The Conformist is one of a series of novels in which Moravia attacked the moral bankruptcy of the Italian bourgeoisie, beginning with Gli indifferenti (1929; The Time of Indifference, 1953). Much of his fiction of the 1930’s was written as satire against the Fascist government of Italy. He was forced to flee Rome to find refuge in a remote mountain area of Italy to avoid prosecution and probable imprisonment. With his postwar novels, Moravia became one of the major European existentialist novelists—along with Nikos Kazantzakis in Greece and Jean-Paul Sartre and Albert Camus in France—who explored the consequences of the devastation of the war.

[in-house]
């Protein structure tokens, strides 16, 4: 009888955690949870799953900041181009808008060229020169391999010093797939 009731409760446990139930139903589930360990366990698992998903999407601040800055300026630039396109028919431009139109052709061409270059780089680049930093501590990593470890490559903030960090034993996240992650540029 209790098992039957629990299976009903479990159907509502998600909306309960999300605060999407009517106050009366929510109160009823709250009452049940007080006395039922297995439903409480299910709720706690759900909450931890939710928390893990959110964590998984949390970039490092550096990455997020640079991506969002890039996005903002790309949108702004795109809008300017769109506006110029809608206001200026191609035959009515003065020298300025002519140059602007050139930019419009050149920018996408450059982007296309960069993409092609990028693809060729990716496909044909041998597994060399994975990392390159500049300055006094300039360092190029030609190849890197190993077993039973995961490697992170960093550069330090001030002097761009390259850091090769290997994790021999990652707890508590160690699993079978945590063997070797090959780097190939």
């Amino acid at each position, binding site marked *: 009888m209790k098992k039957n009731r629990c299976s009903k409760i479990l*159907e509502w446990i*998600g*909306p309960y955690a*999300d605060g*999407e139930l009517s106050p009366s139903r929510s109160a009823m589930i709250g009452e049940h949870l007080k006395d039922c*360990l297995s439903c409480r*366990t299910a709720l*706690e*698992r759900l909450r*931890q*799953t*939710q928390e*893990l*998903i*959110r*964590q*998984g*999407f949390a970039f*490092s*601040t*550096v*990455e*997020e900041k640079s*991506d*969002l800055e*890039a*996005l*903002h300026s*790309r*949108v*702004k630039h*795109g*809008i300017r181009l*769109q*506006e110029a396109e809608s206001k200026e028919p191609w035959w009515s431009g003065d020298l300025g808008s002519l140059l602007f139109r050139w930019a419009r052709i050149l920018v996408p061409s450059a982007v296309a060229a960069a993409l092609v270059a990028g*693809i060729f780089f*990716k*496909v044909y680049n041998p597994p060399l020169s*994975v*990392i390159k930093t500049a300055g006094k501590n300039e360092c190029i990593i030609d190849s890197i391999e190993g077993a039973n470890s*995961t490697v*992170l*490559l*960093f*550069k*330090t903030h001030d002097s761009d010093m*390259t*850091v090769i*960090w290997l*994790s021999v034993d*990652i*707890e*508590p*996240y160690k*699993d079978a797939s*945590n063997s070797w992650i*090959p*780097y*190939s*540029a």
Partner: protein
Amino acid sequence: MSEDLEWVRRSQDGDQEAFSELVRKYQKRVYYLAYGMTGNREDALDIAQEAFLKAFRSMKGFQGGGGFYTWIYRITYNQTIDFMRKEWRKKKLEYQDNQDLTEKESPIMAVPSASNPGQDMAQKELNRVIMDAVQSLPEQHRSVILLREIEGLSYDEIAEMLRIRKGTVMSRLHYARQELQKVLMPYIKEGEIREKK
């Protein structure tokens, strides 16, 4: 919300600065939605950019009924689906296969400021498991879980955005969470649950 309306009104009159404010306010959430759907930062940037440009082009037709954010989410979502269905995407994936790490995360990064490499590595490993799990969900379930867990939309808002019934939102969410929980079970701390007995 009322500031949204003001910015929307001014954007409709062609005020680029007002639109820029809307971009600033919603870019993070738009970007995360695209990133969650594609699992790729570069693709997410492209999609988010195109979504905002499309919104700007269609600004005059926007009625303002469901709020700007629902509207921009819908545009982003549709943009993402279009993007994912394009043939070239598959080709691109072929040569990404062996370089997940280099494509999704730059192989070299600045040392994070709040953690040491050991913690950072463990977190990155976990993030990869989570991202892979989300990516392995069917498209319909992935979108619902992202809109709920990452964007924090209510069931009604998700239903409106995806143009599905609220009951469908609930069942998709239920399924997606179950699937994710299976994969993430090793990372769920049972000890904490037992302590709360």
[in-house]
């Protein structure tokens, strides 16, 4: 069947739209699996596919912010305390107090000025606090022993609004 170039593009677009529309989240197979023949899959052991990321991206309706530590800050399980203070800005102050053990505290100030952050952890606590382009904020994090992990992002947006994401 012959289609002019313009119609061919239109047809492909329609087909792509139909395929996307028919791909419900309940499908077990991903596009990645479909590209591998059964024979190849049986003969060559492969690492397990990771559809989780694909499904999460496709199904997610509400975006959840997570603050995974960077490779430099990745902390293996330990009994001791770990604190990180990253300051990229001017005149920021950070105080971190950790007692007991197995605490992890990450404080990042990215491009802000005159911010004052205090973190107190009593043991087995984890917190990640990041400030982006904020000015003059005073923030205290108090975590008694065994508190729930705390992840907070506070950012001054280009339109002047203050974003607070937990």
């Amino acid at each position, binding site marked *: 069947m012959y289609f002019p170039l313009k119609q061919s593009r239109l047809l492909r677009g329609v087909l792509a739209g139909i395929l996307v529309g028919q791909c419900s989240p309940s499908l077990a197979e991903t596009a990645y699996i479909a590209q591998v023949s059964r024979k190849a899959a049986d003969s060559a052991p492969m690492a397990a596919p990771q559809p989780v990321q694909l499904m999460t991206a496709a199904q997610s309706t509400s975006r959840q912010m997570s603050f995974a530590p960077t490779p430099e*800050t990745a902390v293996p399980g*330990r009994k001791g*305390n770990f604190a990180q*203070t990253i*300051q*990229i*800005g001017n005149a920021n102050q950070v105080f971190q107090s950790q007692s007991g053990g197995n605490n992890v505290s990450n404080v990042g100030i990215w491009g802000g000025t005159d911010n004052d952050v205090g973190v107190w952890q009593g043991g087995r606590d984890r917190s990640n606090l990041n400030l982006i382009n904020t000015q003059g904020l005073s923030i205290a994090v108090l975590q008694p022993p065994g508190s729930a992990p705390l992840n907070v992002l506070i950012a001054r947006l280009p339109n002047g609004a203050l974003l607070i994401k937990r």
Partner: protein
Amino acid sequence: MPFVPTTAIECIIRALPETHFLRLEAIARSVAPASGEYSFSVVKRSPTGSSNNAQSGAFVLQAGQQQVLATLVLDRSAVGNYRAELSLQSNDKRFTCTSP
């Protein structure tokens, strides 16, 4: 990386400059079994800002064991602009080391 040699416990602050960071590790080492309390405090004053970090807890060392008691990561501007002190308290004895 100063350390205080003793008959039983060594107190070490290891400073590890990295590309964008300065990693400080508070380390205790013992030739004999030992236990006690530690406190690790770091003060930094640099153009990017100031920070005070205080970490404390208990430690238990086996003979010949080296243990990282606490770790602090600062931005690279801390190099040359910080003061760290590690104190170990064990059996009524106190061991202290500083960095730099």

The Conformist, which was adapted for a film version by Bernardo Bertolucci in 1970, is an engrossing, simply told tale of a man who is both a victim of his age and a perpetrator of its crimes. No one has analyzed more tellingly than Moravia the psychological bases of Fascism and the consequences of nihilism.